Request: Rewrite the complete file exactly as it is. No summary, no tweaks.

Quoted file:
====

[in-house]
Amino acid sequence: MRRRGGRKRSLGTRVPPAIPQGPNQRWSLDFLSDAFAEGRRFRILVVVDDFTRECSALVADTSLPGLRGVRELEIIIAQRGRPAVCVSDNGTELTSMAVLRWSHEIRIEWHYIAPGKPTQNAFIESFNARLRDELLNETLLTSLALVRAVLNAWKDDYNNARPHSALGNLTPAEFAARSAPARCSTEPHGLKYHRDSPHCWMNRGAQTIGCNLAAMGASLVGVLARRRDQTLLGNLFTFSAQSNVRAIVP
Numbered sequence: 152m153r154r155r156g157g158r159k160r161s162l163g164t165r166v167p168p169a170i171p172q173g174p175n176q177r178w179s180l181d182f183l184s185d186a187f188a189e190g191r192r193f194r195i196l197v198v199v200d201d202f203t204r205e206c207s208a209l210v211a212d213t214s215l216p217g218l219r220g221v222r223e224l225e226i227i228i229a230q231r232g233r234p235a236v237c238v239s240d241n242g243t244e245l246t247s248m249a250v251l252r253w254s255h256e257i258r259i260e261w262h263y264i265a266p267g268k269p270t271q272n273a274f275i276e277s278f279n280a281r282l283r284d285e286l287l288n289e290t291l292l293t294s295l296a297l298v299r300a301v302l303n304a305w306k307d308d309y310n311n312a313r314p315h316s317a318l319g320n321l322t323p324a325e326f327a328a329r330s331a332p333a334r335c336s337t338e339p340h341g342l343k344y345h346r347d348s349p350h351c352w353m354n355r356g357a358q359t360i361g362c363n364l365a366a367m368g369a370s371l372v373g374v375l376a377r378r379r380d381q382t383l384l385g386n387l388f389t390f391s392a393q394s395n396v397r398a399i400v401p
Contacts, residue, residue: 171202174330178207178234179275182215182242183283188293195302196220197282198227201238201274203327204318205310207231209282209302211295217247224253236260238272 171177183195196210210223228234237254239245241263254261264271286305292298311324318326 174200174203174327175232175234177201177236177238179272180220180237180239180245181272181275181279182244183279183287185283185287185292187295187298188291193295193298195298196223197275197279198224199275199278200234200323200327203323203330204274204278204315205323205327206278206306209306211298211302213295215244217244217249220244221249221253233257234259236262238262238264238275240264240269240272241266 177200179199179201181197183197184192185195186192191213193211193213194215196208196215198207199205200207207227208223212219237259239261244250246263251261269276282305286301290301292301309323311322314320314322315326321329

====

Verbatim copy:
[in-house]
Amino acid sequence: MRRRGGRKRSLGTRVPPAIPQGPNQRWSLDFLSDAFAEGRRFRILVVVDDFTRECSALVADTSLPGLRGVRELEIIIAQRGRPAVCVSDNGTELTSMAVLRWSHEIRIEWHYIAPGKPTQNAFIESFNARLRDELLNETLLTSLALVRAVLNAWKDDYNNARPHSALGNLTPAEFAARSAPARCSTEPHGLKYHRDSPHCWMNRGAQTIGCNLAAMGASLVGVLARRRDQTLLGNLFTFSAQSNVRAIVP
Numbered sequence: 152m153r154r155r156g157g158r159k160r161s162l163g164t165r166v167p168p169a170i171p172q173g174p175n176q177r178w179s180l181d182f183l184s185d186a187f188a189e190g191r192r193f194r195i196l197v198v199v200d201d202f203t204r205e206c207s208a209l210v211a212d213t214s215l216p217g218l219r220g221v222r223e224l225e226i227i228i229a230q231r232g233r234p235a236v237c238v239s240d241n242g243t244e245l246t247s248m249a250v251l252r253w254s255h256e257i258r259i260e261w262h263y264i265a266p267g268k269p270t271q272n273a274f275i276e277s278f279n280a281r282l283r284d285e286l287l288n289e290t291l292l293t294s295l296a297l298v299r300a301v302l303n304a305w306k307d308d309y310n311n312a313r314p315h316s317a318l319g320n321l322t323p324a325e326f327a328a329r330s331a332p333a334r335c336s337t338e339p340h341g342l343k344y345h346r347d348s349p350h351c352w353m354n355r356g357a358q359t360i361g362c363n364l365a366a367m368g369a370s371l372v373g374v375l376a377r378r379r380d381q382t383l384l385g386n387l388f389t390f391s392a393q394s395n396v397r398a399i400v401p
Contacts, residue, residue: 171202174330178207178234179275182215182242183283188293195302196220197282198227201238201274203327204318205310207231209282209302211295217247224253236260238272 171177183195196210210223228234237254239245241263254261264271286305292298311324318326 174200174203174327175232175234177201177236177238179272180220180237180239180245181272181275181279182244183279183287185283185287185292187295187298188291193295193298195298196223197275197279198224199275199278200234200323200327203323203330204274204278204315205323205327206278206306209306211298211302213295215244217244217249220244221249221253233257234259236262238262238264238275240264240269240272241266 177200179199179201181197183197184192185195186192191213193211193213194215196208196215198207199205200207207227208223212219237259239261244250246263251261269276282305286301290301292301309323311322314320314322315326321329